When people are waiting for someone to back out and leave, do they still get as angry about it as they do when they are waiting for people to back into a space?
If I am going to a function, I believe that people will be arriving at different times and, when the function is over, will all be leaving at the same time. I believe that it is better to back into the space to leave more quickly by pulling forward.
I also agree with the folks who say they can’t see around the giant vehicles people like to drive now and that it is safer to back in.
Truly, in the greater scheme of what is going on in the world, this really is inconsequential.
Rebecca Hotop, Fairfax Station
DG: Governors, mayors and highway department leaders do not spend time talking about this topic. They talk about transportation projects that will never happen because there’s no money to pay for them.
The rest of us: We still have to drive every day, so we spend a lot of time thinking about how drivers should behave in ordinary situations. A letter in the April 21 column generated scads of letters from drivers who wanted to explore the mysteries of other drivers’ behavior or make recommendations based on their experiences.
Better to back in
Dear Dr. Gridlock:
I have been following this from afar here in New Jersey. I almost always back in.
There is no rational reason that backing in should take longer than backing out. And often, fronters don’t get in on the first try, either; they have to go back and forth to line themselves up properly. Delays are incurred regardless of forward or backward approaches. Such back-and-forths are more a function of driver skill.
Pulling forward from a space into the travel lane is invariably safer than trying to back out, especially if you are surrounded by larger vehicles or obstructed views. The two adjacent vehicles are fixed. You know they aren’t moving, and the spatial relationships aren’t changing. That is certainly not the case when backing into the traffic lane, where a dynamic situation exists. I think backing in should be mandatory.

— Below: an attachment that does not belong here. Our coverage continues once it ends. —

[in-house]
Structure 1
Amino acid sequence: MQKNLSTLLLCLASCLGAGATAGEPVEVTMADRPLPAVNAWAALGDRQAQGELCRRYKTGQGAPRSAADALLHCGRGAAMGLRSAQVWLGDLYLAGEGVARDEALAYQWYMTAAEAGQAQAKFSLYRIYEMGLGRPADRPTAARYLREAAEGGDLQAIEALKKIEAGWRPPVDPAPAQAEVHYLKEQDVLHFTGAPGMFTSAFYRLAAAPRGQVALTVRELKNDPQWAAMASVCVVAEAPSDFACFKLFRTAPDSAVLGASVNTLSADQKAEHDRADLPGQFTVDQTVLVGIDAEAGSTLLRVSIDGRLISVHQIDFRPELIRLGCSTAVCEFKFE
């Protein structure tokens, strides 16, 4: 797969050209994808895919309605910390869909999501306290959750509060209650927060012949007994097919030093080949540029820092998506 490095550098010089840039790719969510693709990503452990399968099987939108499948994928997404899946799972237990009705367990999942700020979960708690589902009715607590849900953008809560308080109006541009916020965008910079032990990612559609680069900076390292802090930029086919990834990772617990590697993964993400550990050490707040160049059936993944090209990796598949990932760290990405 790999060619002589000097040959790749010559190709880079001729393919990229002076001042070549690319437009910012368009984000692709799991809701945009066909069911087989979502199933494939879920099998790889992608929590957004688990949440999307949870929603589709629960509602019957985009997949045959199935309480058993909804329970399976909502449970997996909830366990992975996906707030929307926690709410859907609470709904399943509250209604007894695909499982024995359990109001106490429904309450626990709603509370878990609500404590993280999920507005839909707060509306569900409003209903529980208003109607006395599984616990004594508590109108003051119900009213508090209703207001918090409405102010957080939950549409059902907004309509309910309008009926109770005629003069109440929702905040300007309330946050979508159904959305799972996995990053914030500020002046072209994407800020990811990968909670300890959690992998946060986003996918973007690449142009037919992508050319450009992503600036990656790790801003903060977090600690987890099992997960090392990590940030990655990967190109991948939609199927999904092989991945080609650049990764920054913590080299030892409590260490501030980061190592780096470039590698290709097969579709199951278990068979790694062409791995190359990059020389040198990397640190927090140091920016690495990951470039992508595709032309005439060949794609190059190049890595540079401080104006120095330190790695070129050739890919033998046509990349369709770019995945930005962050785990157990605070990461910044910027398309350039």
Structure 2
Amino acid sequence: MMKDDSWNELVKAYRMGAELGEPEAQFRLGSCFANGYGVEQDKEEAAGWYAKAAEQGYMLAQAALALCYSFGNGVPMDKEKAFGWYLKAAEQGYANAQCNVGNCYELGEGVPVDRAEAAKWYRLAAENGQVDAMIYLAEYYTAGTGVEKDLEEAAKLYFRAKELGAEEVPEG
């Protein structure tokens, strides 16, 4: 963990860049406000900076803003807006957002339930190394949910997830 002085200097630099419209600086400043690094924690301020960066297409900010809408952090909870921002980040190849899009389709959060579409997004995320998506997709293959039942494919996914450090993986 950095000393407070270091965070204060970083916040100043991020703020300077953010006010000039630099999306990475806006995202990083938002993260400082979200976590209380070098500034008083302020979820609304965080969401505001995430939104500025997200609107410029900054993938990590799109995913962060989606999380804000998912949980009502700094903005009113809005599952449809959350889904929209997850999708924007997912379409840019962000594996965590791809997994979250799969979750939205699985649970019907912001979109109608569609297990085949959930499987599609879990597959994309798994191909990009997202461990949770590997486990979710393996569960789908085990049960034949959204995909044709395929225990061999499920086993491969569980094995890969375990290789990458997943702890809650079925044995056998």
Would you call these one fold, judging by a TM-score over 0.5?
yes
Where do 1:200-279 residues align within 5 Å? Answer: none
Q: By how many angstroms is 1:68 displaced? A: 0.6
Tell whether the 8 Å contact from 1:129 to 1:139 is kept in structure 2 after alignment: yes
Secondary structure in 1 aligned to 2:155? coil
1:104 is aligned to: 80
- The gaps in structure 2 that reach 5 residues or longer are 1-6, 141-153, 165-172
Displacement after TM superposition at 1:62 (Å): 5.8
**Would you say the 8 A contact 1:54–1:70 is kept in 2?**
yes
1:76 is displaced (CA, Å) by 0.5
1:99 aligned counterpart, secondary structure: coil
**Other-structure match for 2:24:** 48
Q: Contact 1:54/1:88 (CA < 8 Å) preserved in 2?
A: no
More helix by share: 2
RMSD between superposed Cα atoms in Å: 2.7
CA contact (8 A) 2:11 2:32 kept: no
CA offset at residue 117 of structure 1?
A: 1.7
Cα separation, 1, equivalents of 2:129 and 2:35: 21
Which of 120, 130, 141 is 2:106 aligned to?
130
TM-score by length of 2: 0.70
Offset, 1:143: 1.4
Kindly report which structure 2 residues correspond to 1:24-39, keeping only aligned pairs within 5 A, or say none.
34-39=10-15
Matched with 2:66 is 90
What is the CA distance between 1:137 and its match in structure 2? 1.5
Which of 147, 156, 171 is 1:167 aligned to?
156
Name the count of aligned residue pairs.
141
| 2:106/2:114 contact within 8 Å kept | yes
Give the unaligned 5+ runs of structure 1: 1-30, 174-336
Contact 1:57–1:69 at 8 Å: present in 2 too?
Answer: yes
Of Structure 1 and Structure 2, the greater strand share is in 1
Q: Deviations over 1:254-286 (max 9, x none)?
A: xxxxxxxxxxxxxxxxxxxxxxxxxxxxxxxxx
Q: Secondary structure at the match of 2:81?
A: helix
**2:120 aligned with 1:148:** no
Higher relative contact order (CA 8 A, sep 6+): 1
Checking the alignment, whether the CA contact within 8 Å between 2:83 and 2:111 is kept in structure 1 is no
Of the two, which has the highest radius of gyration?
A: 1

Regardless of which way you pull in or out, drivers are always impatient and want you to do it faster (in other words, get out of my way!), so you stand a good chance of annoying someone on the way in or out.
Paul K. Stangas, Metuchen, N.J.
Dear Dr. Gridlock:
If pulling in and then backing out were the best way, then why do so many people pull through to the far side of the parking lane to have the front of the vehicle pointing out?
In the military, we called backing into a spot — be it in the motor pool or out on a wood line — “combat parking,” because if you needed to move out quickly, particularly in an orderly and organized manner, having the vehicles all pointing forward was the only way to go. Once you get used to doing it, it’s something that sticks.
As far as people being as annoyed with others for backing out of a parking place as they are with people backing into one, that’s probably not going to be the case for a couple of reasons. If you are waiting for someone to back out of a place, it is probably because you want to park there, so you are going to be a lot more willing to wait.
If you’re waiting for someone to back into a parking place, then you are probably looking for one yourself, and that person is holding you up.
Gerry Lebel, Springfield
Flashing red arrows
Dear Dr. Gridlock:
Regarding your column discussing signals at dedicated left-turn lanes and the use of flashing yellow arrows to proceed with caution [Dr. Gridlock, April 14], there’s at least one intersection in Montgomery County that uses flashing red arrows and requires left-turners to stop.
Going south on Georgia Avenue at Arcola Avenue, the left-turn lane has a flashing red arrow close to a sign that reads: “Left-turn yield on flashing red arrow after stop.”
The arrow starts flashing red after the green arrow expires, and the solid green lights for through traffic remain on. The left-turn arrow becomes solid red when the lights for through traffic become red.
Flashing red arrows still do not give left-turners the right of way, but they do force them to come to a full stop before proceeding into the intersection.
Isn’t this safer for drivers in helping to prevent rear-end crashes in the left-turn lane and crashes involving oncoming traffic, as well as being safer for pedestrians, who have the right of way at the intersection where left-turners are headed?
Also, flashing red arrows together with the sign may ease frustration for those in line in the left-turn lane because the protocol is unambiguous.
Susanne Humphrey, Wheaton
Maryland is one of the rare jurisdictions that uses flashing red arrows to control left turns, and even within Maryland, it is quite uncommon.
Having each driver stop before turning can reduce the chances of collisions, but not all drivers understand what it means or choose to obey the signal and stop — even though the explanatory sign is well positioned for drivers to see. I saw plenty of drivers slow, rather than stop, at the Arcola Avenue intersection.